Friday 12th Halted and reviewed by Lord Wellington, General Le Marchant’s and Anson’s Brigade and General Alten’s.
June 13th Crossed the Agueda to a bivouac near St. Espireta?
June 14th To a bivouac.
June 15th Immediately after the march ordered on picquet, but contrived to get breakfast. Went to Robliga, the doctor’s wife very civil gave me wine and something to eat, the people civil.
June 16th Joined the Army on the march and arrived before Salamanca about mid-day, skirmished with the French cavalry, they afterwards retired under their batteries. The Hussars charged and were charged, our squadron appeared in very good time. After placing the picquet retired for the night. Lye on picquet.
June 17th Marched to a little field very near Salamanca, where we remained that night, our troops (English) entered the town the night before.
Thursday June 18th Crossed the Tormes and marched to Moresco, went the same day to Salamanca, very much pleased with the town, had a good view of the fort from the college tower.
June 19th Rode to Salamanca, saw the cathedral, extremely beautiful, one shot from the fort had struck it.
June 20th Turned out at 2 o’clock a.m. ordered for baggage guard, went to bed again, called at 6 o’clock to go with the baggage as quick as possible to the rear. When I arrived at the next village unloaded and thought we should be quiet for the night, but got an order about 3 o’clock to re-cross the Tormes immediately, all the old women running about as if mad, slept under a wall that night with Lutyens, Mr. T. and little Williams.
June 21st Marched at 2 o’clock to a wood in the rear and remained that day and night.
June 22nd Received an order to bring the baggage to the side of the water, Tormes, arrived about 10 o’clock.
June 23rd Got an order to march with the baggage to Moresco, the French having retired from there; joined the regiment at Moresco.
June 24th Marched to the field and after remaining some time looking at the French Army, am ordered on picquet, placed very near the enemy’s camp, our regt. recrossed the Tormes, in the evening I was relieved by an officer and party of General Le Marchant’s Brigade. 5th Dragoon Guards, found our regiment after a long march in the dark, had just time to get something to eat when our troop was ordered to cover the guns at Pilo Bravo.
June 25th Remained Pilo Bravo, the regt. joined us in the course of the day.
June 26th Remained at Pilo Bravo.
June 27th The fort at Salamanca surrendered at 12 o’clock.
Sunday, June 28th The regiment received a route and marched for Aldea Rubea while Schreiber and self were in Salamanca, we went afterwards and called upon Colonel Ellis when he was in Salamanca.
June 29th Marched at 3 o’clock for Canizal, were too late and obliged to trot past the infantry.
June 30th Marched to Torricilla, went on picquet. Sergeant Havelock whom I sent to reconnoitre was taken prisoner in a skirmish, a little time afterwards sergeant was taken (by outflanking a stronger than his own) but afterwards exchanged. My vedette was shot at during the night, left my coffee-pot in the town the enemy had now possession of.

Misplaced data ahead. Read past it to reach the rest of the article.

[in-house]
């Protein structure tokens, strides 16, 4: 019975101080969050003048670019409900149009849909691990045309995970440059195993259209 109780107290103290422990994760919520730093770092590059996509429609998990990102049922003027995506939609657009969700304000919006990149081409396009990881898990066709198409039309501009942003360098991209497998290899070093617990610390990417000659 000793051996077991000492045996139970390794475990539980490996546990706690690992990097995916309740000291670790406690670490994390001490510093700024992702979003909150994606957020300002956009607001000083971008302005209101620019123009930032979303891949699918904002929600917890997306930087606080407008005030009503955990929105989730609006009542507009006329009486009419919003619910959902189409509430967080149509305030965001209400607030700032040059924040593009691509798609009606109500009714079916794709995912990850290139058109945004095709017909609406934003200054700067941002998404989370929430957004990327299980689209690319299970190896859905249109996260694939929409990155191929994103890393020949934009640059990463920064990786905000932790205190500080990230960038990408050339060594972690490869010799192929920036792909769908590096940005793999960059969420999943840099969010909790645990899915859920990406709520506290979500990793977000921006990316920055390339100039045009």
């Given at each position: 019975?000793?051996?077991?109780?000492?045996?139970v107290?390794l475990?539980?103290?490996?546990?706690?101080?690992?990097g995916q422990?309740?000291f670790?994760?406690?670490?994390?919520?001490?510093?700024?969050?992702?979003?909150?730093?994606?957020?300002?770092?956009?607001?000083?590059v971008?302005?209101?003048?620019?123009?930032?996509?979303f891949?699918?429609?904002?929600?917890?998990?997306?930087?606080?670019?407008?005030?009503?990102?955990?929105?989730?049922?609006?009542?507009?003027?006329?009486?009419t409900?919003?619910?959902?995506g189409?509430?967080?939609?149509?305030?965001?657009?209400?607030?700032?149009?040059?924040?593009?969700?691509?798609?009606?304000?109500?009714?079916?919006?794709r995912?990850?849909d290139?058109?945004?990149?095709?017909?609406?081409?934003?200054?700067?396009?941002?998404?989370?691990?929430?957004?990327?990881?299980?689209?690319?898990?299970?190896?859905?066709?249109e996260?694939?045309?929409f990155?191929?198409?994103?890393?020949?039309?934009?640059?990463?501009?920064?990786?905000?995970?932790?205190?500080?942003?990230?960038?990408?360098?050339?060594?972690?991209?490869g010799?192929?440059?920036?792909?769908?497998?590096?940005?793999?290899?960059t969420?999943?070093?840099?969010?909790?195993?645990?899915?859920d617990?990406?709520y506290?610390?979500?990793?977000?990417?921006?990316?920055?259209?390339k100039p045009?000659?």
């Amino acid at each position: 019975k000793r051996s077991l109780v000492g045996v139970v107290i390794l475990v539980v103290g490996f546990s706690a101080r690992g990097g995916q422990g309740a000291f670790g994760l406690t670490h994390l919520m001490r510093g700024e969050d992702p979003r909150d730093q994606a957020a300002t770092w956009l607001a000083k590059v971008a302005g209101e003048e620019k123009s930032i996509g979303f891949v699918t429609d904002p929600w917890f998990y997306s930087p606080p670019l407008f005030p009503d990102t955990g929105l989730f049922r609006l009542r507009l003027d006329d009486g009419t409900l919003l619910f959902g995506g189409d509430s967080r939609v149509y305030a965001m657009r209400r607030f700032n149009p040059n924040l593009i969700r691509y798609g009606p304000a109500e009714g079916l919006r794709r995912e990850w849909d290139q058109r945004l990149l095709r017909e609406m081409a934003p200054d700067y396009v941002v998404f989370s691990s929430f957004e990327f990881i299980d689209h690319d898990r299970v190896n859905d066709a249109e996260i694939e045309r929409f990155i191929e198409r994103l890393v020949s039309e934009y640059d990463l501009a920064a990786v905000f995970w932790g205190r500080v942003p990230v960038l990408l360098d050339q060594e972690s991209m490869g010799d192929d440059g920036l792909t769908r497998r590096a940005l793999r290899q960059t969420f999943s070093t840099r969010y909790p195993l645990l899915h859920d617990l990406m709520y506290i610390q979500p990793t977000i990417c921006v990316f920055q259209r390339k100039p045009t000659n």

July 1st Joined my regiment on the march to Nova del Rey and recovered my coffee-pot.
Thursday, 2nd Our squadron ordered to the 1st Division under the command of Genl. Graham, and marched with them to near Medinha del Campo, our squadron to a farm house, walked into the town after dinner.
July 3rd Remained at the farmhouse, Lindsell, Greaves and Rotton joined us in the evening.
July 4th Remained at the farmhouse.
July 5th Marched to join our regiment at La Seca now in General Anson’s Brigade.
July 6th Turned out on the alarm ground at daylight, afterwards ordered and marched back to the old farm house near Medinha del Campo.
July 7th Marched into Medinha del campo.
July 8th Remained in Medinha del Campo, invited in the evening to Macdonald’s camp to see the Spanish girls dance.
July 9th Rode in the evening round the infantry camp, where the Spanish girls walk to and dance every evening.
July 10th Rode to one of the German bands and saw a very pretty girl, met Major Cocks in the ice shop.
July 11th Bought a Shabraj, went in the evening on picquet to a village called Gallinas, the people very civil. Sent patrols to Bajasmiguel bridge leading to Alcazaren and Palacios bridge leading to Olmedo, both on the Adaja River.
Sunday, July 12th The squadron received orders to march and my picquet was recalled at 6 in the morning. The squadron marched at 9 o’clock to Villa Verde and on to Campillo.
July 13th Halted at Campillo.
July 14th Marched to La Seca, went in the evening to Sir S. Cotton’s ball, danced with my landlord’s daughter.
Wednesday, July 15th Marched at 9 o’clock at night to Rueda.
July 16th Marched at 10 o’clock at night through Medinha del Campo to Canizal.
July 17th Sent to ascertain whether General Bock’s Brigade or the French were in Aleyos, neither there but the enemy’s advanced parties marching to it as I left it.
July 18th The enemy drove in our picquets and our brigade advanced to support them, a very heavy cannonading. Poor William wounded who died since in consequence. Captain Jenkin’s horse shot, retired on the left of Torricilla with the French line parallel with ours to the position in front of Canizal.